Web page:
The waved albatross, also known as the Galapagos albatross, is the largest bird in the Galapagos Islands, with a wingspan of up to 8.2 feet.
Outside of the breeding season, waved albatrosses spend much of their time off the coast of Peru and Ecuador, but can also be seen flying near the Galapagos Islands. During the breeding season, however, most waved albatrosses return to Española Island the extreme southeast of the archipelago. They lay their eggs between April and June, which they then incubate for two months. The offspring are typically ready to leave the colony by January the following year.
Before the breeding season, the monogamous waved albatross engages in a complex courtship ritual in an attempt to woo a mate. The courtship dance includes a range of actions, including bill circling, head nodding, bill clacking, a coquettish waddle and strange mooing sounds.
Once their chicks have hatched, the parents will go foraging for food while their young are cared for in nursery groups back on Española. The parents often fly more than 60 miles from the nest before returning to feed their offspring with an oily regurgitated liquid.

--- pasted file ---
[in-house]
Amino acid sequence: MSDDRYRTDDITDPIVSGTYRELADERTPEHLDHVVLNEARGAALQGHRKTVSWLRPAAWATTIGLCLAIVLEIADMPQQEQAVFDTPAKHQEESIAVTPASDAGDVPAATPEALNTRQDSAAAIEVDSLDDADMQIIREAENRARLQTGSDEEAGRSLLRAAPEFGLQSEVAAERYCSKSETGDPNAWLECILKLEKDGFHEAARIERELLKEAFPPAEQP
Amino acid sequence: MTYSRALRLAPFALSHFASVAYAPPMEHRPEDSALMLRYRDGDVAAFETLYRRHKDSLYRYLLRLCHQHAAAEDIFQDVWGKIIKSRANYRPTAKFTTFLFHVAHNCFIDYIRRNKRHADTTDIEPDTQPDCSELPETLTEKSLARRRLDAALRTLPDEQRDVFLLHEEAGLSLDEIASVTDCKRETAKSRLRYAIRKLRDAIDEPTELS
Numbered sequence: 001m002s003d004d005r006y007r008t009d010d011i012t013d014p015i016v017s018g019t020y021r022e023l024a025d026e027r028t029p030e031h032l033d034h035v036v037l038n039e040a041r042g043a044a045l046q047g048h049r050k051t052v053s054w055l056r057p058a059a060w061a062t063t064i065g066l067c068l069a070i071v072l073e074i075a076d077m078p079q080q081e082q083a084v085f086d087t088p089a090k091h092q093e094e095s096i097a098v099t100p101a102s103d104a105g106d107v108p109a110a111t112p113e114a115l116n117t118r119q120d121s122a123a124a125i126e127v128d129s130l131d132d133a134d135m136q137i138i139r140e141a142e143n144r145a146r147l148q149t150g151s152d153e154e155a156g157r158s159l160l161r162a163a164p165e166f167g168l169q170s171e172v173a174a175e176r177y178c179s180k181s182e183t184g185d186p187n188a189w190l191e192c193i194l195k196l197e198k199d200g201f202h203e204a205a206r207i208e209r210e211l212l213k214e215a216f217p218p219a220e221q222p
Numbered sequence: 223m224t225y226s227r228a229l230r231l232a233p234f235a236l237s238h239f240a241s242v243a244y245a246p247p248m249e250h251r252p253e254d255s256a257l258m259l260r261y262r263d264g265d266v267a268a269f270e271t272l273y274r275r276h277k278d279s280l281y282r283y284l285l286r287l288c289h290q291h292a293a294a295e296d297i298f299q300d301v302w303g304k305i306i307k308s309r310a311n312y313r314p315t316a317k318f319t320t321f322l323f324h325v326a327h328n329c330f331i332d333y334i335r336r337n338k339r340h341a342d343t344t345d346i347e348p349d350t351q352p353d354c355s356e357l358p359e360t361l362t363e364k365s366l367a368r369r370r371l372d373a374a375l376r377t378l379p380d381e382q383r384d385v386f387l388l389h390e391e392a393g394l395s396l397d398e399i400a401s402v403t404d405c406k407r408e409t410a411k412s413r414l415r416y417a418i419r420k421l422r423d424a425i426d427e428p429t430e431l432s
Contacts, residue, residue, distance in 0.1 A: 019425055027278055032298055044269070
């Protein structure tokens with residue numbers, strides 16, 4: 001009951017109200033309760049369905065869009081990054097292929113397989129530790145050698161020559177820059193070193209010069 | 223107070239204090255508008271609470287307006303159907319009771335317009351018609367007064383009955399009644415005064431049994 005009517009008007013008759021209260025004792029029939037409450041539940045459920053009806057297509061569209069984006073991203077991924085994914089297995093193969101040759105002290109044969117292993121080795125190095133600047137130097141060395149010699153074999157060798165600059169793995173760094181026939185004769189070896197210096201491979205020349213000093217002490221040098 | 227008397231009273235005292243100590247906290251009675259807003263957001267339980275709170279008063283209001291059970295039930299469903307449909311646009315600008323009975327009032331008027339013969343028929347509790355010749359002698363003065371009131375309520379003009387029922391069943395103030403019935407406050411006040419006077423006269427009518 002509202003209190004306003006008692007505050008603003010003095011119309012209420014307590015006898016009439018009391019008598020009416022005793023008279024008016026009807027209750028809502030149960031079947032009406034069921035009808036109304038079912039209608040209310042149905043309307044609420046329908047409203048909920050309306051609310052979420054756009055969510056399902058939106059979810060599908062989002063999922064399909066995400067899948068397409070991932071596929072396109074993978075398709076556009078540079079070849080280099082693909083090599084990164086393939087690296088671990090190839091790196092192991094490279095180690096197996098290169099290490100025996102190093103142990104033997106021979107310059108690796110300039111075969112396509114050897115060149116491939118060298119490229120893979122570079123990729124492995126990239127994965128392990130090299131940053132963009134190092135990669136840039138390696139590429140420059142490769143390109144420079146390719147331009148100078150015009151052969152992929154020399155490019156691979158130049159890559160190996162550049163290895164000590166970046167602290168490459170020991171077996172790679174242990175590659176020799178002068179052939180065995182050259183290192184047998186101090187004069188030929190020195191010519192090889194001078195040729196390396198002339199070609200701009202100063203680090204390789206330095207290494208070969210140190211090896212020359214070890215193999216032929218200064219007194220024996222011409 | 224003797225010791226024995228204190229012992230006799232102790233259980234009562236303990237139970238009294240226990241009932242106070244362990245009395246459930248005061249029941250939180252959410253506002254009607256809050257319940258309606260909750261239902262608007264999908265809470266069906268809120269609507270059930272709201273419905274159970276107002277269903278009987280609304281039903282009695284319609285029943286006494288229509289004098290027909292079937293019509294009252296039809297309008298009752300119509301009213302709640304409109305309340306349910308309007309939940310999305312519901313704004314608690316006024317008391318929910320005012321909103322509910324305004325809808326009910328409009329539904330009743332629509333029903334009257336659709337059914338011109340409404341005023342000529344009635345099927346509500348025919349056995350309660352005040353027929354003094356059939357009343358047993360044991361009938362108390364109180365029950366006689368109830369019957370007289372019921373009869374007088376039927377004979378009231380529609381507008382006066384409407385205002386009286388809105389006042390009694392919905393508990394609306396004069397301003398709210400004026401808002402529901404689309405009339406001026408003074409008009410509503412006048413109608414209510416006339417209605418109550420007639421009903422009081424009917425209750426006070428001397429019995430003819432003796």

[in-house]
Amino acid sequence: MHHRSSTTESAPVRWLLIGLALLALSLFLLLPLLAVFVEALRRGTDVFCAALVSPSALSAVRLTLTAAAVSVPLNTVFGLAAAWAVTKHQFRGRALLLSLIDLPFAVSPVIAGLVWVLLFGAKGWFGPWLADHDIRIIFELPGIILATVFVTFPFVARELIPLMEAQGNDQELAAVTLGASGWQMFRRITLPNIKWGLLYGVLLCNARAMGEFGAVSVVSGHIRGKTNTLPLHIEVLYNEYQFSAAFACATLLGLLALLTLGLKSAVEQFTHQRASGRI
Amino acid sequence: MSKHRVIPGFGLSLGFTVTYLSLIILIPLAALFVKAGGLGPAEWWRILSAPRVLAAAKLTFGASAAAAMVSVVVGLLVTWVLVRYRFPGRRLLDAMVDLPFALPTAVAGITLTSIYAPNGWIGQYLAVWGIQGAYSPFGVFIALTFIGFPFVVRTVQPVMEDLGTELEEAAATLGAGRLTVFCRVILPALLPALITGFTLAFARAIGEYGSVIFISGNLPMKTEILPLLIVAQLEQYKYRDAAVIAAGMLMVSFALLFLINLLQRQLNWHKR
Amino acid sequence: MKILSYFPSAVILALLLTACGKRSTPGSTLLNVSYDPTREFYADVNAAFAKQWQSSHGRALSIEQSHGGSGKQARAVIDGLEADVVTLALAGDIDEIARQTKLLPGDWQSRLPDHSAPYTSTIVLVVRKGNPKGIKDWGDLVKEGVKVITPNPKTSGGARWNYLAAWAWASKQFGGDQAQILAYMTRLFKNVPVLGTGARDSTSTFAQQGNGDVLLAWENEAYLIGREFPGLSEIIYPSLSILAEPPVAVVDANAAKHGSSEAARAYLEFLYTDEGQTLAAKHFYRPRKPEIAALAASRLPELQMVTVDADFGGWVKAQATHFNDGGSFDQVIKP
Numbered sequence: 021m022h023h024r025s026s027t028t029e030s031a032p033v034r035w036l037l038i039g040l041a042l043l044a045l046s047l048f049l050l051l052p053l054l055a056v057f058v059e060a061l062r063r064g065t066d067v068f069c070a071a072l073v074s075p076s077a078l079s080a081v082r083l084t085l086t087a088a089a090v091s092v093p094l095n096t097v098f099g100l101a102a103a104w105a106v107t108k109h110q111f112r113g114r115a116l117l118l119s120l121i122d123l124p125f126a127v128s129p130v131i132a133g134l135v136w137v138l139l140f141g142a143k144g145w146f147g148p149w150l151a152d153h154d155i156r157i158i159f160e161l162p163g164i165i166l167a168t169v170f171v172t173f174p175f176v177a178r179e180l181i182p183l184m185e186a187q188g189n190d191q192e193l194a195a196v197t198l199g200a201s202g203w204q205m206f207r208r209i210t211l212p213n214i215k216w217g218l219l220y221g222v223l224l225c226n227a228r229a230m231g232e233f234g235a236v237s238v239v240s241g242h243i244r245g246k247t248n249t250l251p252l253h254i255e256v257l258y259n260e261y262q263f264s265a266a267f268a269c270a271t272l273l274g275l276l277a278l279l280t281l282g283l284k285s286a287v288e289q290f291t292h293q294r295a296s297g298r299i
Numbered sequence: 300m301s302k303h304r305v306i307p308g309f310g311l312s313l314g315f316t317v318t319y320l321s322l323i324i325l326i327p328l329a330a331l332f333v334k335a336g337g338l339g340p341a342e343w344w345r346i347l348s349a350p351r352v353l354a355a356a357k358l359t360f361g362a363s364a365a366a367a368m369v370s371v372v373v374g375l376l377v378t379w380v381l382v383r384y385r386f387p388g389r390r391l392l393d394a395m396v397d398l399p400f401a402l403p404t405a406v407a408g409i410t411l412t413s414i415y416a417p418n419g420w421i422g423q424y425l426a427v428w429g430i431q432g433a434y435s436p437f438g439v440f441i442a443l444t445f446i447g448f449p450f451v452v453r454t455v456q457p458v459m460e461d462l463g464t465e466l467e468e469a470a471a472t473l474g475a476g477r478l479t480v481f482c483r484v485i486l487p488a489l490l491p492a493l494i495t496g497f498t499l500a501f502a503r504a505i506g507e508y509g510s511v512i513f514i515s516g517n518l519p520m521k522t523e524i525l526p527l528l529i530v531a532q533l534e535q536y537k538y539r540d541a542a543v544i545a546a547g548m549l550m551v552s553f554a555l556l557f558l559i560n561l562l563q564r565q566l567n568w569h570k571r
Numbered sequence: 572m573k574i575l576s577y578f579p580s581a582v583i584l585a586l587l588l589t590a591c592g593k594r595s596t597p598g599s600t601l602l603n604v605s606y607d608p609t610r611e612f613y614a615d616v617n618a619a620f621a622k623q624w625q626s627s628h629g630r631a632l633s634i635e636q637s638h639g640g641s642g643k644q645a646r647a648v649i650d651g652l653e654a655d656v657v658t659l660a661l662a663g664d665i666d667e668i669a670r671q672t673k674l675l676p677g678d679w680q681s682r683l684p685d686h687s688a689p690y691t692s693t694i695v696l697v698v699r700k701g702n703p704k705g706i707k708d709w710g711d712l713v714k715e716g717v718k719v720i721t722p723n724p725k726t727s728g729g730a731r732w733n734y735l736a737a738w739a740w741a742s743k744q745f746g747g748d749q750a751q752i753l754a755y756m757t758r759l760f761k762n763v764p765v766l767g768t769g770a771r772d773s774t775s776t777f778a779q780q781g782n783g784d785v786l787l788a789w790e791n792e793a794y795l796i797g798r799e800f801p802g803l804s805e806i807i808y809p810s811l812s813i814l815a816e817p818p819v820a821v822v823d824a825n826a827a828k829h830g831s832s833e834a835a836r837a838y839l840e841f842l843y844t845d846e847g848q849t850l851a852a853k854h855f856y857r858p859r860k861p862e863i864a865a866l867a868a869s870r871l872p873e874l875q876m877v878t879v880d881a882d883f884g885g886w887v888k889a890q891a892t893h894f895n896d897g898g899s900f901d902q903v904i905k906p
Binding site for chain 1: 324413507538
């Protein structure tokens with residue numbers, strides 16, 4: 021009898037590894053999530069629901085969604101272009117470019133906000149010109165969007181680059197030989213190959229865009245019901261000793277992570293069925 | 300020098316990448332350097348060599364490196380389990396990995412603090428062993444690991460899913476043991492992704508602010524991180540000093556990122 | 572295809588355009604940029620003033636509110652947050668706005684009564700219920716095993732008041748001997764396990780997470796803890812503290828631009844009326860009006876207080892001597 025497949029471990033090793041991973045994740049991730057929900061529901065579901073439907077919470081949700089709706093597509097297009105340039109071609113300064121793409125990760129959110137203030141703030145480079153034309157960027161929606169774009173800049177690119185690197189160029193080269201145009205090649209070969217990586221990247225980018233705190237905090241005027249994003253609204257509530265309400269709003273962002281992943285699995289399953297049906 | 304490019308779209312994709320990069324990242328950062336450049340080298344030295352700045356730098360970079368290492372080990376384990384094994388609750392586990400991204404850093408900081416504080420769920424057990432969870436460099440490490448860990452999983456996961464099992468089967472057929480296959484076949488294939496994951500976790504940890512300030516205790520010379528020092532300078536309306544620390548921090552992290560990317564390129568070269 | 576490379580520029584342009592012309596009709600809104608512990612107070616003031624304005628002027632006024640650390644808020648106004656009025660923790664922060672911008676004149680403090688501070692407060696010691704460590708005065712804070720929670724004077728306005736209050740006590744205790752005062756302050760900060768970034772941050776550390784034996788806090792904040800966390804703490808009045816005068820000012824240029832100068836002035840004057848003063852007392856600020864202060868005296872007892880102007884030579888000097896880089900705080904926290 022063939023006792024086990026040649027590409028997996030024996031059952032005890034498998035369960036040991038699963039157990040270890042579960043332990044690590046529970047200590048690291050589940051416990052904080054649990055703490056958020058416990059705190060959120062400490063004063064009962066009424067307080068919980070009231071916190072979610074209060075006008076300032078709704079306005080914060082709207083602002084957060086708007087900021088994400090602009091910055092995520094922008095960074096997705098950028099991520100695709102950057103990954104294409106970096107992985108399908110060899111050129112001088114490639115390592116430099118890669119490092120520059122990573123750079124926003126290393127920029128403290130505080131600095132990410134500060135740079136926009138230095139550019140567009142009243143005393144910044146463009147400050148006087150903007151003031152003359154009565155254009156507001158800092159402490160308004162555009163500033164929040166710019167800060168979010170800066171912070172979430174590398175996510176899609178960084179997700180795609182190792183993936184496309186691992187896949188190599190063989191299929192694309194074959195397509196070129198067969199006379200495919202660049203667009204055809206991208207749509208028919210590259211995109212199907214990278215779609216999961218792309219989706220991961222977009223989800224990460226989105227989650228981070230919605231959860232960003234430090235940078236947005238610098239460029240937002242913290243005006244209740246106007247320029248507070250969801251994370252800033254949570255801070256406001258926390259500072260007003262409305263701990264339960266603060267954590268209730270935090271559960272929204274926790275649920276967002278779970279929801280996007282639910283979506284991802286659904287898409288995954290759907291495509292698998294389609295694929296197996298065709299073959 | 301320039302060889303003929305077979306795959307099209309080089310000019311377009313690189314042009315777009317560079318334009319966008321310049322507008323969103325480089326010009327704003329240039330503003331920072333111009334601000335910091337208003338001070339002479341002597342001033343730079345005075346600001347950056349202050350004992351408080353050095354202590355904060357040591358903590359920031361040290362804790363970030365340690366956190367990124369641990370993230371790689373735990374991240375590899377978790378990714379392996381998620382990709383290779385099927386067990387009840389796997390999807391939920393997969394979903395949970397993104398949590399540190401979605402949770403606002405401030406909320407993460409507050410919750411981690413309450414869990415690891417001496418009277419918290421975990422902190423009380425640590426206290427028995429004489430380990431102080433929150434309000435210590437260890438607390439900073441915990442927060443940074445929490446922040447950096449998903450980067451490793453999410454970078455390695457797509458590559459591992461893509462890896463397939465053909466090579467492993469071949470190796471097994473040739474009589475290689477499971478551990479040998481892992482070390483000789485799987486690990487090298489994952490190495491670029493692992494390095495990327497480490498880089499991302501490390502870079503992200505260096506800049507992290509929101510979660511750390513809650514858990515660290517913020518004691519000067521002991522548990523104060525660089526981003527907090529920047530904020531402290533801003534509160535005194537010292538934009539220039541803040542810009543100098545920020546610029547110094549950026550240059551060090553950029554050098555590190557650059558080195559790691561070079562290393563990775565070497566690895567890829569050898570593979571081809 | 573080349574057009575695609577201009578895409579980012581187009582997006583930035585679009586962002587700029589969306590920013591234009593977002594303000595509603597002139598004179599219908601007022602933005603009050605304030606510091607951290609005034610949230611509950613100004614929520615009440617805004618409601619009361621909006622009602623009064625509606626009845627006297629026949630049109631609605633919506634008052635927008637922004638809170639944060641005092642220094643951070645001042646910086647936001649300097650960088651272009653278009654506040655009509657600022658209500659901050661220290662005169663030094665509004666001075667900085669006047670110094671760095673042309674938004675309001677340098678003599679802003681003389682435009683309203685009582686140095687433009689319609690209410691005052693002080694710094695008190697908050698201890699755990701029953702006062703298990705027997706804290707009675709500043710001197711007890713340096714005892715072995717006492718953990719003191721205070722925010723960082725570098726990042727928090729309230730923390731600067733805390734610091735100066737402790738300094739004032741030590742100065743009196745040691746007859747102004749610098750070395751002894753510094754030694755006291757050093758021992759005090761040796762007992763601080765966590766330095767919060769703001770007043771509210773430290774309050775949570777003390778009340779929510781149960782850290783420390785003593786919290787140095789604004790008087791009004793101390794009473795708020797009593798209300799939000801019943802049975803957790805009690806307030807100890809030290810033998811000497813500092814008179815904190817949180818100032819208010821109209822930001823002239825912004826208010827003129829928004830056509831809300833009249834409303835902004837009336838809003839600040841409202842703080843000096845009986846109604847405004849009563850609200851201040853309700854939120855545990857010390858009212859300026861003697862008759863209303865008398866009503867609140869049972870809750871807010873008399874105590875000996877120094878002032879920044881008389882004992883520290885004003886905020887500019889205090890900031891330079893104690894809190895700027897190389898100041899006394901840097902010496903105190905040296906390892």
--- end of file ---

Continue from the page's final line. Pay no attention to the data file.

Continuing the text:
In the air, few birds can match the gliding abilities of the waved albatross. With their large wings fully extended and locked in place, they can fly for hours with barely any effort, using dynamic soaring to move between air masses of different velocities. This allows for near continuous gliding, during which the bird’s heart rate is almost the same as it is when resting.
Sadly, the waved albatross is under threat. Despite having protected status on the Galapagos, they are nonetheless at risk due to human activities, particularly fishing. Long-line fishing is incredibly damaging, as the albatrosses are attracted by the baited hooks and once they are hooked they almost always drown. The population has declined in recent years despite conservation efforts, and in 2007 the status of the waved albatross was changed from vulnerable to critically endangered.
Read more about the Waved Albatross at Galapagos Conservation Trust.
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